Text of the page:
The desire to live in a beautiful, well designed, and functional home is becoming commonplace in our society; and many would argue that it is a necessity if we are to succeed at living a harmonious and balanced life. As our interest in the harmonious environment increases, so too does our interest in the healthy environment; true health is not only about the body’s physical state of being but our emotional, mental and spiritual state of being as well.
There is one design trend that tells me we are taking the overall health of our environment more seriously; and that trend is the resurgence of the indoor plant. Plants improve our health and state of mind. Their physical presence removes toxins and improves the air we breathe. The colour of most plants is green. Colour guru Leatrice Eiseman informs us that “green [ ] is simply good for you, enhancing your life, making you more vital and alleviating stress. Physiologically, green affects the nervous system, causing us to breathe slowly and deeply, helping the heart to relax by slowing the production of stress hormones.” Even the visual inclusion of plants in our environment, such as an art print or painting can have a calming and restorative effect on our psyche.
Having healthy living plants in your home requires thoughtful placement and a commitment to maintenance. There are numerous things to attend to for successful plant care. If you have a lot of plants in your home and little time to care for them you might consider hiring a plant expert. They will visit your home once a week or once every two weeks, depending on what you can manage on your own.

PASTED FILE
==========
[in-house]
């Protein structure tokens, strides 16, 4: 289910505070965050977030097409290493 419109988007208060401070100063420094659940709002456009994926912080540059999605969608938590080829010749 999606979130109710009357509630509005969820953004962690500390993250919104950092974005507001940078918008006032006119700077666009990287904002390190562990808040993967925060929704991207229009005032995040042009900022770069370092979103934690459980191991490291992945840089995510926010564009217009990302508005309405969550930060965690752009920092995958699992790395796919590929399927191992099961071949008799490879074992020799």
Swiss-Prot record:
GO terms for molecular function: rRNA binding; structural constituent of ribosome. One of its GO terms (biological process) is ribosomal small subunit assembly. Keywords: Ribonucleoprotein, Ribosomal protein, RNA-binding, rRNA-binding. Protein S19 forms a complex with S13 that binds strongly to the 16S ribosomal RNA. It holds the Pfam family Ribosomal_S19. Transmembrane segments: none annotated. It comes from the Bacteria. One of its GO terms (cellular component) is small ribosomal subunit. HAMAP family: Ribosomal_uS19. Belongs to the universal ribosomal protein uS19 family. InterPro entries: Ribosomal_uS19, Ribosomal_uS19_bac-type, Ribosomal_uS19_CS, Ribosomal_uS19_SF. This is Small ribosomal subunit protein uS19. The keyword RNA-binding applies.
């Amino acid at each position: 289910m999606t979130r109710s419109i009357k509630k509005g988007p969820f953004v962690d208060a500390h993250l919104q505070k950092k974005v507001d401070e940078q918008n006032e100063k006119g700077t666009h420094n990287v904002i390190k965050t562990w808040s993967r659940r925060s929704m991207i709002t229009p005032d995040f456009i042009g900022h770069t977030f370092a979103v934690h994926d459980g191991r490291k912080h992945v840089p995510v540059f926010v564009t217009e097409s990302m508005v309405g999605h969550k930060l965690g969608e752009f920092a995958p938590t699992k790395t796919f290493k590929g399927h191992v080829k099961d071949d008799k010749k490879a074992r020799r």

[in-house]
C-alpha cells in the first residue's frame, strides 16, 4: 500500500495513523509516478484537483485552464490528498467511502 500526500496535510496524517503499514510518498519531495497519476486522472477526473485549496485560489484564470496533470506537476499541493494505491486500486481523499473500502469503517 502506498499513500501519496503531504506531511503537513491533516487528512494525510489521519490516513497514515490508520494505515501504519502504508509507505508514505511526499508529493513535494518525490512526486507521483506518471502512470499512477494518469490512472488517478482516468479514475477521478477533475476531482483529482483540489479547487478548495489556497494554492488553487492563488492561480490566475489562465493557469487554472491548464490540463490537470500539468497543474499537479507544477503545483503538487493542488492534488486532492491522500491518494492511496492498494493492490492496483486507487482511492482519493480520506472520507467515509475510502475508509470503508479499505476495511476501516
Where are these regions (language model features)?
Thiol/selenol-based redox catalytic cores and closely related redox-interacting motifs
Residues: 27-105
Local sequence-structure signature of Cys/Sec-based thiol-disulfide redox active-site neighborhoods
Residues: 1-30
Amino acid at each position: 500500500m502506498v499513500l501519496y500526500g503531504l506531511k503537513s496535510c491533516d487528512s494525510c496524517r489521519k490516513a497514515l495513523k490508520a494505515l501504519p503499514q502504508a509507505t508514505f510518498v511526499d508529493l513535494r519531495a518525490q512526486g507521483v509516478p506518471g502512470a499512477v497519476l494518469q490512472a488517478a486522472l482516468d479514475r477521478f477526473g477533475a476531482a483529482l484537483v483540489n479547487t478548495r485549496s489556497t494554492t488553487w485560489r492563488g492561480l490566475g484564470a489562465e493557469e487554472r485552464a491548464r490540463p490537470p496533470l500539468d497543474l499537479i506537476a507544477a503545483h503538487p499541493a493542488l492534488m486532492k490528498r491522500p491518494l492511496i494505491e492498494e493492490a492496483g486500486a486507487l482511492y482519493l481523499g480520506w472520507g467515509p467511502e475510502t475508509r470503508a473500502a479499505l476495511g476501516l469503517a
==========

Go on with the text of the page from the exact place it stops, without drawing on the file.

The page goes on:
- Light Conditions – the right light conditions are important. If there is a spot where you would like to showcase some living greenery, figure out the type of light available to that space. Even calculate how many hours of direct sunlight it gets, if that is applicable.
- Temperature – most house plants are tropical so the temperature range is important. Plants that we have in our homes in Canada are on the front lawns of homes in Orlando Florida. If you go away for a week in the winter be careful how far you turn down the heat. You may come home to a house full of dead plants.
- Water – the right amount of water is important. You can drown a plant with too much water as much as you can kill it with too little. I typically will measure the frequency and amount of water I give my plants and keep an eye on the moisture level of the soil (as per plant requirements).
- Food – fertilizing your plants is important if you want them to thrive and maintain healthy growth. There is a lot of information on the internet regarding the type and the amount of food your plant requires. If you position a plant in a spot where there is little room for growth you may wish to cut down on the amount of fertilizer. Instead commit to replacing the plant periodically.
- Potting – plants outgrow their pots, and when they do their roots become pot bound—a term to describe tightly woven strangled roots. Most indoor plants should be repotted every 1-2 years in a new pot that is about 1-2 inches bigger in diameter than the old pot.
- Love – the most important maintenance requirement for indoor plants is regular care and interest. We tend to forget that plants are living breathing organisms. They do in fact thrive on love. Removing dead leaves periodically, cleaning the dust off the leaves (a soft warm wet rag will do), misting them once or twice a week with a fine mist spray bottle, and refreshing the top layer of soil periodically for added nutrients; these are extra maintenance suggestions that will ensure your plants thrive and live a long and healthy life.
Having the foresight to design indoor plants into our homes—considering them for their texture, colour, general shape and pot—will become more and more commonplace as we regain our appreciation of “the green”. At Design for Conscious Living® when we work on a project and plants are being incorporated into the space, the plants are designed into the room right from the beginning of the design process.